There is little good news in the Notre Dame fire story.

Yes, it’s good that the artefacts and art were saved, and the beautiful stained glass windows remain intact for now. But other than the fire itself, a lot of the events surrounding the fire leave a bitter taste in the mouth.


There have been those who immediately linked the fire with immigration and Islamist terrorism, with precisely zero evidence supporting it.

There was a significant amount of ‘whataboutery’ on social media, conflating the sorrow over the burning cathedral with a lack of sorrow for unrelated issues around the environment, such as this comment from Radio 5 Live presenter, Nicky Campbell.

For the record, the Notre Dame fire is a tragic event with an as yet unknown cause. Nothing more. Stop comparing it to other things to further an argument.

Because they’re worth it

And as the eye-watering donations began to roll in, the biggest arguments started to rage. If Bernard Arnault, the richest man in Europe, can donate €200 million and hardly have that dent his fortune, why couldn’t he and others wipe out the inequality in the world in one fell swoop?

The issue is ‘the system’, this vague concept that keeps the rich getting richer and the poor getting poorer. But that’s an argument for another time.

Instead, you should look at why they have donated. It is because they want to look benevolent and caring for the world when they mostly care only for themselves; a flex of the muscles, a chance to show off. But it is a no-brainer from a PR perspective. You may not have thought positively about L’Oreal before but you might now when you know their owners donated another €200 million.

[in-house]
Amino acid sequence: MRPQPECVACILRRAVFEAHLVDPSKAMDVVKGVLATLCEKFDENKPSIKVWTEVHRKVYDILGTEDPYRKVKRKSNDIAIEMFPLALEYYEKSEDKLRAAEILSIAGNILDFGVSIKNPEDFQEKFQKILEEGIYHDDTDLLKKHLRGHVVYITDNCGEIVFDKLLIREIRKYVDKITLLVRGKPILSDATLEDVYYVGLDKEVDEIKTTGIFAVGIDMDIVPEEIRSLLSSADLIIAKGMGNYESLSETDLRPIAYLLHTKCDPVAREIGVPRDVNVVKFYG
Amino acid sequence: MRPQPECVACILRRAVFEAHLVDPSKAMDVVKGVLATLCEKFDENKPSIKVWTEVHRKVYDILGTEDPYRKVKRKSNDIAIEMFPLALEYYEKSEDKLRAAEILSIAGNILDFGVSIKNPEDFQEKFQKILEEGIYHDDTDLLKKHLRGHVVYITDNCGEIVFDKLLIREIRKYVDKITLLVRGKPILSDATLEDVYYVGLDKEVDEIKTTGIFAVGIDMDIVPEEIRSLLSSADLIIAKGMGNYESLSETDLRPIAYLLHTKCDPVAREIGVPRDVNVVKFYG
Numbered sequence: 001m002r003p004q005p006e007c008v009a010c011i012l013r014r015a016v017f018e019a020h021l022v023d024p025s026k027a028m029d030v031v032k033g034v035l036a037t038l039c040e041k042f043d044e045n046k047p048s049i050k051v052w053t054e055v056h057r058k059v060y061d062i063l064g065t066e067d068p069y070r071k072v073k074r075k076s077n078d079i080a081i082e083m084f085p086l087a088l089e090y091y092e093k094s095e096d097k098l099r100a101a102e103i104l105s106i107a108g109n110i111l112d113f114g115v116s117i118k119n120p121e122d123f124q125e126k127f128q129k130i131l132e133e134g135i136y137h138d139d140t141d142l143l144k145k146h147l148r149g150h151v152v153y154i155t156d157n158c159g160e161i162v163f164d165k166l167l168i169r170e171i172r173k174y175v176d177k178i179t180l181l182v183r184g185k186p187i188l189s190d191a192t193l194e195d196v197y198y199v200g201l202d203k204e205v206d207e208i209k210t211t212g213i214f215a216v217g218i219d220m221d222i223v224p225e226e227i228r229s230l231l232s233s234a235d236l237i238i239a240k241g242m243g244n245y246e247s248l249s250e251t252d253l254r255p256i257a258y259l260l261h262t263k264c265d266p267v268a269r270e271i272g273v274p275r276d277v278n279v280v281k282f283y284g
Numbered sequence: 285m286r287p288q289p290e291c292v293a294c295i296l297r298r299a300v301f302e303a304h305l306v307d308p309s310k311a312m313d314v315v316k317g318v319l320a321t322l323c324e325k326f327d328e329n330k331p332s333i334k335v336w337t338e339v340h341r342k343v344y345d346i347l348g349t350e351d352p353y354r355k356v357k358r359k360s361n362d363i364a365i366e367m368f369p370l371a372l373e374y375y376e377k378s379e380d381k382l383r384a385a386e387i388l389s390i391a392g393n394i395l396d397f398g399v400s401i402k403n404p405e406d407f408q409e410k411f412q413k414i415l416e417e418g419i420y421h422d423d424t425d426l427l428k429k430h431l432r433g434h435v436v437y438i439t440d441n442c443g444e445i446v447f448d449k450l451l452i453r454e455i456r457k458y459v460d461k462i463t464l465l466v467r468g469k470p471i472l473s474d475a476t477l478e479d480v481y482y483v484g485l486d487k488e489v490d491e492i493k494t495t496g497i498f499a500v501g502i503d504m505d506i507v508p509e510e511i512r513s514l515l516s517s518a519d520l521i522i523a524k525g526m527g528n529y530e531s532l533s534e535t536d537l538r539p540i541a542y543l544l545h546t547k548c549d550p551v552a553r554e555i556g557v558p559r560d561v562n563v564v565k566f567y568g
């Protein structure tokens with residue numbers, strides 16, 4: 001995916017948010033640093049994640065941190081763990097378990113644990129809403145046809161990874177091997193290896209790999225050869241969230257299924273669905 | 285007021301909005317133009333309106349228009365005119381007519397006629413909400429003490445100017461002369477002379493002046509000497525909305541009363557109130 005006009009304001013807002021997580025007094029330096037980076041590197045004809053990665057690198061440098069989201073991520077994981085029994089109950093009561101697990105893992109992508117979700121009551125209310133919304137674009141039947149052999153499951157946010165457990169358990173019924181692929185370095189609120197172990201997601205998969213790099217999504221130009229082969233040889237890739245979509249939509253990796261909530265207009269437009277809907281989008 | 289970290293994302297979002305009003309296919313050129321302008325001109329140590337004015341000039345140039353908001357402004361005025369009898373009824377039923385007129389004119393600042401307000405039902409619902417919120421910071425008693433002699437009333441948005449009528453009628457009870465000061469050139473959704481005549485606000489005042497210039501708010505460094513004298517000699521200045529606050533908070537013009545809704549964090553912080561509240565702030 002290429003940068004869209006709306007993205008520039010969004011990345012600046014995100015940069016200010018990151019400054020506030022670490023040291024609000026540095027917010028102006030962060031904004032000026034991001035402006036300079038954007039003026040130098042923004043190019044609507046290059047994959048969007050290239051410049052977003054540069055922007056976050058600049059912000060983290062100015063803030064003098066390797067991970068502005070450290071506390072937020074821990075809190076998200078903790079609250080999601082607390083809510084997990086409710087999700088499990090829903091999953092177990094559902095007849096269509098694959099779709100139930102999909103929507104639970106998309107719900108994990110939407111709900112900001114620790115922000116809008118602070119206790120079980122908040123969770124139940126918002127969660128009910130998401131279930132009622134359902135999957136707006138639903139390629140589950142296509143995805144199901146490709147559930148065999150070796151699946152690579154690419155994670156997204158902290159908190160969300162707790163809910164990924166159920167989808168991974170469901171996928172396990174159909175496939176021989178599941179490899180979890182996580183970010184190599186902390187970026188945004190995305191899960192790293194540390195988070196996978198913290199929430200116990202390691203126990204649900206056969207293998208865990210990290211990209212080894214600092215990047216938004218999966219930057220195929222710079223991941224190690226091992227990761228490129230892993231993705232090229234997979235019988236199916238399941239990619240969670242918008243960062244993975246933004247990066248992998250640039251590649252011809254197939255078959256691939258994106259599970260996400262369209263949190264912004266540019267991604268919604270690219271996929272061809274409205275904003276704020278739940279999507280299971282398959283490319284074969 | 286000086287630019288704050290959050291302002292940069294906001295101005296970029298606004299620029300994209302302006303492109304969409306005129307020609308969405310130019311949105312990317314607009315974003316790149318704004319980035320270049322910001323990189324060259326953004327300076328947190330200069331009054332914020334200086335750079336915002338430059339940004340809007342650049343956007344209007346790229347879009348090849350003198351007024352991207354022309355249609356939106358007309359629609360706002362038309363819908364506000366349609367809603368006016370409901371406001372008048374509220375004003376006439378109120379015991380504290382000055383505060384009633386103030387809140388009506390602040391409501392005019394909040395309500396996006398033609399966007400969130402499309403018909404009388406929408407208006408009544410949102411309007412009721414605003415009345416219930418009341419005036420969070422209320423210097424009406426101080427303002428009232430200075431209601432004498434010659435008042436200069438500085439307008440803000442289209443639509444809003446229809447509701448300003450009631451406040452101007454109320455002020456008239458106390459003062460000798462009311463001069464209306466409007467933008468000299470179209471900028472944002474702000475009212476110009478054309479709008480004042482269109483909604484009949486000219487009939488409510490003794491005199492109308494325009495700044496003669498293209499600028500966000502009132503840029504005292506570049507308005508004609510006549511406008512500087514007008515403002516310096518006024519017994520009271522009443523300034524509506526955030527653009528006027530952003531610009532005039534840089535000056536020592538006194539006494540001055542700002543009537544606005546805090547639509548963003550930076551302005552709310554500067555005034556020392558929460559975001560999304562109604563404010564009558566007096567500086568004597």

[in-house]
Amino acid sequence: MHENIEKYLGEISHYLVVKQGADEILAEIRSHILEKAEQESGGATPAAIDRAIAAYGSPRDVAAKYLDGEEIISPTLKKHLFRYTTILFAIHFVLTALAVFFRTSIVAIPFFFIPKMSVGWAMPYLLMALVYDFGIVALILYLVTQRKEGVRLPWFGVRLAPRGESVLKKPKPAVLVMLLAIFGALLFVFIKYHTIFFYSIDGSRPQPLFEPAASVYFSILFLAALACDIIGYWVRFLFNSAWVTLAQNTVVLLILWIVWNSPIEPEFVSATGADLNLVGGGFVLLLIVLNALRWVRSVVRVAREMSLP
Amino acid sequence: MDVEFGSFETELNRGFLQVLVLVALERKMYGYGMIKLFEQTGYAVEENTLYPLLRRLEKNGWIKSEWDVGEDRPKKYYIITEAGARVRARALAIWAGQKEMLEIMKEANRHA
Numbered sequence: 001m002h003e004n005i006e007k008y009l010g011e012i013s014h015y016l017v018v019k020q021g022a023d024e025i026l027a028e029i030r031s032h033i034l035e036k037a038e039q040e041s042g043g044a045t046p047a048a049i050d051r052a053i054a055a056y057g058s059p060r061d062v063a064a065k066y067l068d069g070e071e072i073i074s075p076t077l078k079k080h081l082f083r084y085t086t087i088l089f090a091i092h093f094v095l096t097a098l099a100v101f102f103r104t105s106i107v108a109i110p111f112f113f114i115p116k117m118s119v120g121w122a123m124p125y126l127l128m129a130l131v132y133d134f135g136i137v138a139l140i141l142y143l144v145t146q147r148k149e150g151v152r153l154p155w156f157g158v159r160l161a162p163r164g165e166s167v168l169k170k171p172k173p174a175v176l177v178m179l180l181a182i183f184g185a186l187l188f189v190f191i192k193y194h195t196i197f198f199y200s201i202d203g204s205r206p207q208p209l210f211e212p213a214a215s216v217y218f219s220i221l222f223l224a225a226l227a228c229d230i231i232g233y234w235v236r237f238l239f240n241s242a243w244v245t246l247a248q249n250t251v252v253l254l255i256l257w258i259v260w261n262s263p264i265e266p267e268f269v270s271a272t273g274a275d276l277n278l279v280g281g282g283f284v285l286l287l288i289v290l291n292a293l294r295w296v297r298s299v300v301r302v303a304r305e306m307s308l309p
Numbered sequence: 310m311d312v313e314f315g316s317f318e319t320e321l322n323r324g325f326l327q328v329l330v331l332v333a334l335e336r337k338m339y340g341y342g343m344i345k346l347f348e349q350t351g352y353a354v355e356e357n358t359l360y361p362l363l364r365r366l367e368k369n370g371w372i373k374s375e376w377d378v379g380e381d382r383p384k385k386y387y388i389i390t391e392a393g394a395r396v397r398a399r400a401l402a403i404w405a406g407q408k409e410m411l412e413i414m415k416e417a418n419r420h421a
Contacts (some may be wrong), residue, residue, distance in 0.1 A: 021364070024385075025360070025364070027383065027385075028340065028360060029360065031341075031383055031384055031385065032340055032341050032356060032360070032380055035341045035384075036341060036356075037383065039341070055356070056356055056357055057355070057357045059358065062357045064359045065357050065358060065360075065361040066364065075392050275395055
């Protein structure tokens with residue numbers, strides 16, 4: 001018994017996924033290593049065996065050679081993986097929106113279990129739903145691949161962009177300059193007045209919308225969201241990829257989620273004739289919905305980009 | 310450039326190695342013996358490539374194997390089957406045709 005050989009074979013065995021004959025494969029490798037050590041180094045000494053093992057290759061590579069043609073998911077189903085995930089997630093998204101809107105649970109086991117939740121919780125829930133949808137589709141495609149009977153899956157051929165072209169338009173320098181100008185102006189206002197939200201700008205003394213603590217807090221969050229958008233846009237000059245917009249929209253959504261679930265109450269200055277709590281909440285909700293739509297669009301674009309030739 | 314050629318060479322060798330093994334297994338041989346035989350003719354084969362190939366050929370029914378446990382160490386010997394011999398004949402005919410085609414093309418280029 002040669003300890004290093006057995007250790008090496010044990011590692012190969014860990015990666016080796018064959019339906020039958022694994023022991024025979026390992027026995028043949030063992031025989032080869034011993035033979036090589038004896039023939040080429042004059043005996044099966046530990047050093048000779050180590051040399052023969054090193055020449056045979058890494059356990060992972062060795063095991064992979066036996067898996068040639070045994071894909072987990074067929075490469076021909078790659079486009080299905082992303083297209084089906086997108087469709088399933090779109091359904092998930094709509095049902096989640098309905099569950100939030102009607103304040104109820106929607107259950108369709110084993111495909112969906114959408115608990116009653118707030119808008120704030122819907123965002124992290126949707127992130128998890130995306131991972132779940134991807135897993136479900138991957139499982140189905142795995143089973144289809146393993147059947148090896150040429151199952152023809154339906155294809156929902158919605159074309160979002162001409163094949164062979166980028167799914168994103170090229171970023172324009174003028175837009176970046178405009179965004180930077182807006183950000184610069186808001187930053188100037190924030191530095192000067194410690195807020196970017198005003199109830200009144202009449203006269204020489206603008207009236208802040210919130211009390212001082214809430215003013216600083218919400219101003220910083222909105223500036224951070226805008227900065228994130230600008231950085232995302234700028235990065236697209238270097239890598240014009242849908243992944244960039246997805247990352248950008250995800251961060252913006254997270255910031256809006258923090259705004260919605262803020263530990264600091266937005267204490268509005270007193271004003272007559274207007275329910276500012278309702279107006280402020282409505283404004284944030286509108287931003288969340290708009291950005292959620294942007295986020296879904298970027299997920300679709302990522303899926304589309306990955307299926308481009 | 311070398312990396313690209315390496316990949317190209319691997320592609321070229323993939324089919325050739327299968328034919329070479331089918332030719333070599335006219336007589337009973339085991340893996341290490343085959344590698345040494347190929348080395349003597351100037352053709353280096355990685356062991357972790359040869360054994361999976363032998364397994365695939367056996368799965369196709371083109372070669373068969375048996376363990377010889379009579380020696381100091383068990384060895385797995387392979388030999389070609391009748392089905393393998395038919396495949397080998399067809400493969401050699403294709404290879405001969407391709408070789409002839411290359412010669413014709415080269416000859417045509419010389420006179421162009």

A Catholic tale for a Catholic building

Which brings me to the Bible. After all, Notre Dame is above everything else, a place of worship. That has been its primary function for the vast majority of its 850 years, even if the last part of those has seen it become more of a tourist attraction. So it makes sense to look for a reason in the book that inspired its building.

And wouldn’t you know it, there is a story that bares an uncanny resemblance to what has happened over the past couple of days.

In both the gospels of Mark and Luke, there is the story of Jesus teaching at a temple, and watching as: ‘the crowd put their money into the temple treasury. Many rich people threw in large amounts. But a poor widow came and put in two very small copper coins, worth only a few pence.’

Seeing this, Jesus tells his disciples: ‘Truly I tell you, this poor widow has put more into the treasury than all the others.

‘They all gave out of their wealth; but she, out of her poverty, put in everything — all she had to live on’.

You may not believe in all this but its relevance to recent events is unquestionable. It shows that when the rich are donating their money, it is because they can, but when the poor do, it is because they want to, because they truly value what little they have.

And if Monsieur Arnault and co are hoping to find favour in the afterlife through their generosity, they should know that it is the people donating to Notre Dame that can’t really afford to that will be further ahead in the queue.